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If you’re a medical device manufacturer planning do to business with the European Union you need to know about the regulatory change that took place in May 2018 that could have operational process and financial implications for your business.

The new General Data Protection Regulation (GDPR) contains both existing and new data privacy requirements that, if not met, can result in significant fines of up to 20 million Euro or four percent of annual turnover. Maintaining compliance is required of organizations as well as relevant vendors and partners and is critically important to ensuring that organizational IT ecosystems are doing all they can to help customers protect individual rights and freedoms.

One of the newest requirements is the need to respond to a data breach or loss within 72 hours and provide a full report of the event or incident that includes details such as how many individuals were affected and the type of data compromised. Consequences of the breach must also be reported, based on the disclosure of what the organization believes happened based on evidence, potential implications, as well as measures taken and that will be taken to mitigate the risks that were identified within the breach disclosure report.

To adequately respond to the change in regulations as a result of GDPR implementation, medical device firms should ensure that employees are well-trained at bringing issues to the attention of management. This can affect employees throughout your organization, from ground-level staff, who need to know what personal data is and how to manage it, to the triage and incident response (IR) teams, who will need to be involved for issues that need immediate resolution. It would also be advisable to work with an experienced medical device consulting firm, especially one that specializes in medical regulatory consulting.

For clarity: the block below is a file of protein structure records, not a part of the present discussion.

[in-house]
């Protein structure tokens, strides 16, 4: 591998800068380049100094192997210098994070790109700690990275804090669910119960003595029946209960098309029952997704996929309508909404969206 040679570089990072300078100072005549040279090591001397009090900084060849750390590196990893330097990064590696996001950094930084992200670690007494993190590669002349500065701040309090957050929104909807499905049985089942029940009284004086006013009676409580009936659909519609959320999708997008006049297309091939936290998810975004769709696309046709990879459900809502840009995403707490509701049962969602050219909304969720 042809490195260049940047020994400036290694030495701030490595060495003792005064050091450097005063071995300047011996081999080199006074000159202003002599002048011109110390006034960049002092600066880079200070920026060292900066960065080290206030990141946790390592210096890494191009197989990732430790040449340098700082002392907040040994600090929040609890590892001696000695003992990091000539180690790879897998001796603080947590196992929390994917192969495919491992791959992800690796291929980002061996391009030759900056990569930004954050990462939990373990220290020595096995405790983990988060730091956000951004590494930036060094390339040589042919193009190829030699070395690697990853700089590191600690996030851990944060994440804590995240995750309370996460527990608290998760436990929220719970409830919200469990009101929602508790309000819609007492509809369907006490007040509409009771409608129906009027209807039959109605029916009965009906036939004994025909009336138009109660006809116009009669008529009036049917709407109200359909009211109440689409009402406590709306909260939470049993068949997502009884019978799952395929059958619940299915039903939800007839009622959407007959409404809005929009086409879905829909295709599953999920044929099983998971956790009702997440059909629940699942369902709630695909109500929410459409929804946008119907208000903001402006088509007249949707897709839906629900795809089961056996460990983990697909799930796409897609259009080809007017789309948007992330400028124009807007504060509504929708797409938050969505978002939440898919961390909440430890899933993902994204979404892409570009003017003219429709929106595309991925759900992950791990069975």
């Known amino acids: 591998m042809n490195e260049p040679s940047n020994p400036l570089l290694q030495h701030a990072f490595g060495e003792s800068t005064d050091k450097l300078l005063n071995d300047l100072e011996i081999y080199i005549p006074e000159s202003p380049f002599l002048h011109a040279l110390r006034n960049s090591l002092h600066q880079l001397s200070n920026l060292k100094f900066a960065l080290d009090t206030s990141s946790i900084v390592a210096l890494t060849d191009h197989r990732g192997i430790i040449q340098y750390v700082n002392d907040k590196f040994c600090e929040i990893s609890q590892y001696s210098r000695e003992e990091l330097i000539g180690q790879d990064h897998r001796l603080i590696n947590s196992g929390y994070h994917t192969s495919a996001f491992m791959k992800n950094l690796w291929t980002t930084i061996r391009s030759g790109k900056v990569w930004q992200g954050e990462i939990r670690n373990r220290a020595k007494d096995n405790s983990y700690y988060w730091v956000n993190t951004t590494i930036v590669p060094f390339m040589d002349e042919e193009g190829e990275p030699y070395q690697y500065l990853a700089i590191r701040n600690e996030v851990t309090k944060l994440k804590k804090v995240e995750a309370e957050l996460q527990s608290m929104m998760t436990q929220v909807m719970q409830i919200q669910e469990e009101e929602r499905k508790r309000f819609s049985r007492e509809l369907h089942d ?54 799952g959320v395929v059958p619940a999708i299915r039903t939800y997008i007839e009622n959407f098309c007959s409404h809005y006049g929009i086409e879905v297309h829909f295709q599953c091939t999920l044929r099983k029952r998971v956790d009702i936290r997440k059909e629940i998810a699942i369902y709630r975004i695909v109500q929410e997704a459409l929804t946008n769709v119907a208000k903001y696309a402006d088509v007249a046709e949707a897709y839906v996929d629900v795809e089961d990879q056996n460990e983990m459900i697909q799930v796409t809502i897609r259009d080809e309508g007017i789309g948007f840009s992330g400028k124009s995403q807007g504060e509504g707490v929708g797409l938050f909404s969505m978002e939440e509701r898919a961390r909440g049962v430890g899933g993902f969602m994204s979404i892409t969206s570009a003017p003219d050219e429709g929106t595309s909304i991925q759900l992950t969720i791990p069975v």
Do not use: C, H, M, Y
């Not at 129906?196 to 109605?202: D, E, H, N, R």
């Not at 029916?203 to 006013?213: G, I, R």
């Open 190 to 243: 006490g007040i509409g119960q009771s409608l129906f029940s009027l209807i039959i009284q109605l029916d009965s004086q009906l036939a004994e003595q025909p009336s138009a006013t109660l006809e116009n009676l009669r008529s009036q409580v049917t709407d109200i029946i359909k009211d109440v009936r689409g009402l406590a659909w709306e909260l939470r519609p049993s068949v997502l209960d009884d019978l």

Central to how you handle data and protect it from illegal access is how you gather that data in the first place. If your firm is going to collect personally identifiable information (PII) you must be sure to receive customer consent before you track it and your collection process must follow US HIPAA regulation. If at any time the customer requests to stop being tracked, your company must stop and purge that customer’s information from your files.

As organizations adopt data breach and data security and privacy regulations across the globe, a primary concern is how to develop standard processes to address individual sets of requirements. One approach that can help bootstrap process development is to create a basic set of data

protection principles consisting of principles and FAQs that cover a number of practice pointers to help drive home key concepts to employees using standardized terminology. A broader, integrated approach to training and process development will help standardize responses to a wide range of regulatory issues stemming from GDPR, HIPAA, EU-US Privacy Shield, etc.

When it comes to data protection, the ideal situation is no situation at all. That means avoiding being breached, but if and when it happens, being prepared with a strong foundation will serve well in helping assess, remediate, and respond quickly and appropriately.

For more information about developing and implementing regulatory strategies, please contact the medical regulatory consulting specialists here at MEDIcept.

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